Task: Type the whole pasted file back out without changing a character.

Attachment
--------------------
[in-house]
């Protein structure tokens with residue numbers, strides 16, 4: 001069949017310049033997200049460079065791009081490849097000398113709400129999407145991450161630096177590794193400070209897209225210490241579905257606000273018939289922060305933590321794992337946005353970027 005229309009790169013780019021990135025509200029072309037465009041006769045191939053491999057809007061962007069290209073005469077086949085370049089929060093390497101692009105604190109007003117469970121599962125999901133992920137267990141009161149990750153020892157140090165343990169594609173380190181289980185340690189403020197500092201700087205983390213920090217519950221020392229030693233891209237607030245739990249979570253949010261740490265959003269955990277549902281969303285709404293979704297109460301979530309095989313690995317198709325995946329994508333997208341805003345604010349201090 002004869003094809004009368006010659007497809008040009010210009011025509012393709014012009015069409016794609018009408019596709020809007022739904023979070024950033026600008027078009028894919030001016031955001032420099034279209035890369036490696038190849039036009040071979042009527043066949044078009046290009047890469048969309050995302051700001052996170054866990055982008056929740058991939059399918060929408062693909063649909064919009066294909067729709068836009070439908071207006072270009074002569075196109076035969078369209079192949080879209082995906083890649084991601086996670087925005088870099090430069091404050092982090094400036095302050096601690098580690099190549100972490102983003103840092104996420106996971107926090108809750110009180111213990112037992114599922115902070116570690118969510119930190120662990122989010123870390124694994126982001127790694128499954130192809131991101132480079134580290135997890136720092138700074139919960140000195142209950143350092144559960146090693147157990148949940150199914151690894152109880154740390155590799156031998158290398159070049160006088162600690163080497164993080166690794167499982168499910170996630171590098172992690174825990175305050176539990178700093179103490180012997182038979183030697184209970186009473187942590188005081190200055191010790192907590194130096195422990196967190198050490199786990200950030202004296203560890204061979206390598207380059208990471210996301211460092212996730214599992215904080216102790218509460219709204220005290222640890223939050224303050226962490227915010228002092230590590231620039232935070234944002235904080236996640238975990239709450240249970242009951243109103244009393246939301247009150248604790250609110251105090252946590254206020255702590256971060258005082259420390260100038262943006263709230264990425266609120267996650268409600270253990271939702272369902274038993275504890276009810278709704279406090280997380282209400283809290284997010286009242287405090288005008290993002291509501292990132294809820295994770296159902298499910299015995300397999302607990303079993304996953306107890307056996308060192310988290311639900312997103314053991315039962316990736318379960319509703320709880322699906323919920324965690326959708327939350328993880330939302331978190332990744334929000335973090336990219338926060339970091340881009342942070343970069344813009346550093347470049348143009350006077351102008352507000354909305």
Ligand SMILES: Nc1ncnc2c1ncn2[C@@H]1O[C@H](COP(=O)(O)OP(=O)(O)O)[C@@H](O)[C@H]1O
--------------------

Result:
[in-house]
């Protein structure tokens with residue numbers, strides 16, 4: 001069949017310049033997200049460079065791009081490849097000398113709400129999407145991450161630096177590794193400070209897209225210490241579905257606000273018939289922060305933590321794992337946005353970027 005229309009790169013780019021990135025509200029072309037465009041006769045191939053491999057809007061962007069290209073005469077086949085370049089929060093390497101692009105604190109007003117469970121599962125999901133992920137267990141009161149990750153020892157140090165343990169594609173380190181289980185340690189403020197500092201700087205983390213920090217519950221020392229030693233891209237607030245739990249979570253949010261740490265959003269955990277549902281969303285709404293979704297109460301979530309095989313690995317198709325995946329994508333997208341805003345604010349201090 002004869003094809004009368006010659007497809008040009010210009011025509012393709014012009015069409016794609018009408019596709020809007022739904023979070024950033026600008027078009028894919030001016031955001032420099034279209035890369036490696038190849039036009040071979042009527043066949044078009046290009047890469048969309050995302051700001052996170054866990055982008056929740058991939059399918060929408062693909063649909064919009066294909067729709068836009070439908071207006072270009074002569075196109076035969078369209079192949080879209082995906083890649084991601086996670087925005088870099090430069091404050092982090094400036095302050096601690098580690099190549100972490102983003103840092104996420106996971107926090108809750110009180111213990112037992114599922115902070116570690118969510119930190120662990122989010123870390124694994126982001127790694128499954130192809131991101132480079134580290135997890136720092138700074139919960140000195142209950143350092144559960146090693147157990148949940150199914151690894152109880154740390155590799156031998158290398159070049160006088162600690163080497164993080166690794167499982168499910170996630171590098172992690174825990175305050176539990178700093179103490180012997182038979183030697184209970186009473187942590188005081190200055191010790192907590194130096195422990196967190198050490199786990200950030202004296203560890204061979206390598207380059208990471210996301211460092212996730214599992215904080216102790218509460219709204220005290222640890223939050224303050226962490227915010228002092230590590231620039232935070234944002235904080236996640238975990239709450240249970242009951243109103244009393246939301247009150248604790250609110251105090252946590254206020255702590256971060258005082259420390260100038262943006263709230264990425266609120267996650268409600270253990271939702272369902274038993275504890276009810278709704279406090280997380282209400283809290284997010286009242287405090288005008290993002291509501292990132294809820295994770296159902298499910299015995300397999302607990303079993304996953306107890307056996308060192310988290311639900312997103314053991315039962316990736318379960319509703320709880322699906323919920324965690326959708327939350328993880330939302331978190332990744334929000335973090336990219338926060339970091340881009342942070343970069344813009346550093347470049348143009350006077351102008352507000354909305």
Ligand SMILES: Nc1ncnc2c1ncn2[C@@H]1O[C@H](COP(=O)(O)OP(=O)(O)O)[C@@H](O)[C@H]1O